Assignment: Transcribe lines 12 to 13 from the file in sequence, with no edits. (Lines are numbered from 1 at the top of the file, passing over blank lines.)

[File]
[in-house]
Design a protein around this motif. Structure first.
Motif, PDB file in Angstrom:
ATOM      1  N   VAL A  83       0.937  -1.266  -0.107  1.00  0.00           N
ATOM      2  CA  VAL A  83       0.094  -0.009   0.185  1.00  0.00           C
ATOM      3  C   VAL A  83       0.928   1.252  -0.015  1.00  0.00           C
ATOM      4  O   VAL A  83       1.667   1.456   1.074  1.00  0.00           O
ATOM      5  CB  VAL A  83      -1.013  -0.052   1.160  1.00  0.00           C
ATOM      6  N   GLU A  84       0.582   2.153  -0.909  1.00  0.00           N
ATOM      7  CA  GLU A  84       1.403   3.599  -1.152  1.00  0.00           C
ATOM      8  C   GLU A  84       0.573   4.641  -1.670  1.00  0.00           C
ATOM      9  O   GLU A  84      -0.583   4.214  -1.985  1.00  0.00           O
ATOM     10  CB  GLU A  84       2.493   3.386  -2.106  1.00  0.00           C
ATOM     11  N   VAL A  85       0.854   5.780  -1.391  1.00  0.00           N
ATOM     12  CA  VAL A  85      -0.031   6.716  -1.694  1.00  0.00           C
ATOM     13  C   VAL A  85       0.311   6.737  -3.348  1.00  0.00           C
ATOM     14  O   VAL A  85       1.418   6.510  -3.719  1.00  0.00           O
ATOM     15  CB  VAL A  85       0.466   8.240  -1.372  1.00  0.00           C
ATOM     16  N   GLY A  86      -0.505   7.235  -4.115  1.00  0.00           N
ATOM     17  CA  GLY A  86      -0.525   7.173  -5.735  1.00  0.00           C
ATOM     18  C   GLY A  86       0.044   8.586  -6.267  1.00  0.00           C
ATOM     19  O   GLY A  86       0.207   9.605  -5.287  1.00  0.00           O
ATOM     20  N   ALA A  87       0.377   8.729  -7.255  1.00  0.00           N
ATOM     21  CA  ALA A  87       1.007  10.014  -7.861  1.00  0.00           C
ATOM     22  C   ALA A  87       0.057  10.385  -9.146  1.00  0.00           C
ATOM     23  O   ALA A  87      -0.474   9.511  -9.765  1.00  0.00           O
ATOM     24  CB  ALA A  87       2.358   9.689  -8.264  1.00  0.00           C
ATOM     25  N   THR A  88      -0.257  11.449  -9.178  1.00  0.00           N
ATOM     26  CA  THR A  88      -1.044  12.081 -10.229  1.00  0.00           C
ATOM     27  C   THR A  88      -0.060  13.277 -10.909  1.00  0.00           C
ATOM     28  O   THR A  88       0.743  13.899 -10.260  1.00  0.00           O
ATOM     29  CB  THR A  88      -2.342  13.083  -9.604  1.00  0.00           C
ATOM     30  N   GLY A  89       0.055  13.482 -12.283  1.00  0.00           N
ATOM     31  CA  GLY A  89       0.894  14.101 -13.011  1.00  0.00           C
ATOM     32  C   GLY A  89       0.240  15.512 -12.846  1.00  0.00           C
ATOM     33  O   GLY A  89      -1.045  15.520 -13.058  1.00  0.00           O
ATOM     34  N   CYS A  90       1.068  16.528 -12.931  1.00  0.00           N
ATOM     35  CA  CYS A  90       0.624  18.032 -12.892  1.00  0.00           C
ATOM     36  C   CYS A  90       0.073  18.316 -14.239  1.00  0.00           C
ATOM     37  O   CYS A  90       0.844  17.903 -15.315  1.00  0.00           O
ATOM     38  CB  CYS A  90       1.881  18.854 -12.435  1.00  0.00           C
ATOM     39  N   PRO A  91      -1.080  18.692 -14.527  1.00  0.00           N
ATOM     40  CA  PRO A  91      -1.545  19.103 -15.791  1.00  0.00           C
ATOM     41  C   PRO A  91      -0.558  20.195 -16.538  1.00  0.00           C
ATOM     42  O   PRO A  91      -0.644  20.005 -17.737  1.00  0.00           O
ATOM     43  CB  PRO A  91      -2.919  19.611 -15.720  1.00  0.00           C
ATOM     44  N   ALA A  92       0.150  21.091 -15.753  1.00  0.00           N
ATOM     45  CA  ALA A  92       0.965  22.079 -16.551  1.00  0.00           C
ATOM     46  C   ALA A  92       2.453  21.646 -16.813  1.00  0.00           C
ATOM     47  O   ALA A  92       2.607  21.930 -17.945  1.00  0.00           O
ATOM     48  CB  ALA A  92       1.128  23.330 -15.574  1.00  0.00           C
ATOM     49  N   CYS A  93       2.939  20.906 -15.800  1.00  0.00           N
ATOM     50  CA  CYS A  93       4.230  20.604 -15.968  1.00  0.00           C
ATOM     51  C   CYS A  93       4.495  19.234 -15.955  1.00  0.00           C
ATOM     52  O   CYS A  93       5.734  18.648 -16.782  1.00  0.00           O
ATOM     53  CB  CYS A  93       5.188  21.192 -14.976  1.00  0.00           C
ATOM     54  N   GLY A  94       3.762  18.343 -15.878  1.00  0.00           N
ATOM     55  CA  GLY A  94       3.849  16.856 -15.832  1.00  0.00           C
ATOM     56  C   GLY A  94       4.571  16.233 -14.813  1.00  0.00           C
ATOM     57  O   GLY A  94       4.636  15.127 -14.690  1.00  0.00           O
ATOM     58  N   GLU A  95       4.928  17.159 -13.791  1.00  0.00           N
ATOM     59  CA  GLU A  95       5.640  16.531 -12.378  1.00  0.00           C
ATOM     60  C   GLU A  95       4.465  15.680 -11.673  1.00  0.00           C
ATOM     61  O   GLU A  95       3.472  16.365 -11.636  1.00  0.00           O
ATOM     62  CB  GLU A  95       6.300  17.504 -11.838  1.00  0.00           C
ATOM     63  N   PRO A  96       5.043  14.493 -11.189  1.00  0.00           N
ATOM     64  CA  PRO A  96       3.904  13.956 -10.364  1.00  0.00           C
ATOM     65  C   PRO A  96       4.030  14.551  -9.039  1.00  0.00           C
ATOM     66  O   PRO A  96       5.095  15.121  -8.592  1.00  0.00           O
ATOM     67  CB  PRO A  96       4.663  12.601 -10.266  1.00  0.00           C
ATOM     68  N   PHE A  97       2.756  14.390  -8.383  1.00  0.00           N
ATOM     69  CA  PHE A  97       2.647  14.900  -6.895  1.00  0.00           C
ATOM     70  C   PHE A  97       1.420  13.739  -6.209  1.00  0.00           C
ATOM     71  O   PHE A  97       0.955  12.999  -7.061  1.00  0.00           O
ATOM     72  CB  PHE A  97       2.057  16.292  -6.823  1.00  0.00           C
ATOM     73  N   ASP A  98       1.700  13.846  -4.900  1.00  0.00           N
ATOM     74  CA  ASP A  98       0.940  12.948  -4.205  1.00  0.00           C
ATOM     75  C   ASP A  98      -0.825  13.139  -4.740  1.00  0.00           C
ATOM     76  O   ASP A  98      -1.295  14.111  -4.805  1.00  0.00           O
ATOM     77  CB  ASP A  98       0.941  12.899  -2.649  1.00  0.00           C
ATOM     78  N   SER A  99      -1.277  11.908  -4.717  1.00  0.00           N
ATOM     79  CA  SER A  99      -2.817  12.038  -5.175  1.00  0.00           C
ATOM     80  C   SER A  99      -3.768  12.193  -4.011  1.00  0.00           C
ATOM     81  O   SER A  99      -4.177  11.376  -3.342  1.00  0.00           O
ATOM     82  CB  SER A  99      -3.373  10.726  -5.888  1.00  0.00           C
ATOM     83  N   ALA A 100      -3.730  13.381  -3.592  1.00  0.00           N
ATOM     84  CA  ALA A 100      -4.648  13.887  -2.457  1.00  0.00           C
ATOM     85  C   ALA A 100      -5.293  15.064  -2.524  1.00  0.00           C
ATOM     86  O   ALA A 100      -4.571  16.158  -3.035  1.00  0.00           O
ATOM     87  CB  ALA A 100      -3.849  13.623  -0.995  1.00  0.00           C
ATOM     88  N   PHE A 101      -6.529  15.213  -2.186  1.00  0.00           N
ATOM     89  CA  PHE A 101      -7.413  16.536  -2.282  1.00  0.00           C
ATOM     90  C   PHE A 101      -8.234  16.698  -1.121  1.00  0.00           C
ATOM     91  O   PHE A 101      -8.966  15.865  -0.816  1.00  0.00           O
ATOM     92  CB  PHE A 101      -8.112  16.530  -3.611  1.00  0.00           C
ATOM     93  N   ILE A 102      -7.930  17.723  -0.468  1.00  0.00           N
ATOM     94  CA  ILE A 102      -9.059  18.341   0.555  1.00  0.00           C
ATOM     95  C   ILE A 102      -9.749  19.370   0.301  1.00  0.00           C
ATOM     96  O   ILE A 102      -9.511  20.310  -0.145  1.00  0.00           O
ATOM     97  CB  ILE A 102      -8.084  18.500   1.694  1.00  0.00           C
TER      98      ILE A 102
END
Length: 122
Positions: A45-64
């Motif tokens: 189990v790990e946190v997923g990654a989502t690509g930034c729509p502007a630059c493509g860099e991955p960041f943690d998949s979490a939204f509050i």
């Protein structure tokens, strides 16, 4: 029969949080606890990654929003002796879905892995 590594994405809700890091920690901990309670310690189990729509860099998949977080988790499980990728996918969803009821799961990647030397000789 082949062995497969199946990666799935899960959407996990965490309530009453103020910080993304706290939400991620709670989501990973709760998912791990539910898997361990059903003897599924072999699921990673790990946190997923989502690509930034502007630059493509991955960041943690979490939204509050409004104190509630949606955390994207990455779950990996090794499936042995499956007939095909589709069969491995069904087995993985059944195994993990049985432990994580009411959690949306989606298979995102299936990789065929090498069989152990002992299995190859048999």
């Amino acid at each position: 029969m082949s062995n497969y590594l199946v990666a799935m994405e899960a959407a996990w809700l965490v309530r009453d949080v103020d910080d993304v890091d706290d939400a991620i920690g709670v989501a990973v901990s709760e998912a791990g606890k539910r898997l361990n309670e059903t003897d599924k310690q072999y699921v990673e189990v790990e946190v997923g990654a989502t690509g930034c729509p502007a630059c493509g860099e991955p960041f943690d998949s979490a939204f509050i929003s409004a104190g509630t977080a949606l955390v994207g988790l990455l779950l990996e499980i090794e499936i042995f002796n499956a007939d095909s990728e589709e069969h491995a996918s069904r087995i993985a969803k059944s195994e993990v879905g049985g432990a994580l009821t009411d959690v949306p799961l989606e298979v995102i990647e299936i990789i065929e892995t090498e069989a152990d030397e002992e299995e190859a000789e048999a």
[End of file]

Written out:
ATOM      9  O   GLU A  84      -0.583   4.214  -1.985  1.00  0.00           O
ATOM     10  CB  GLU A  84       2.493   3.386  -2.106  1.00  0.00           C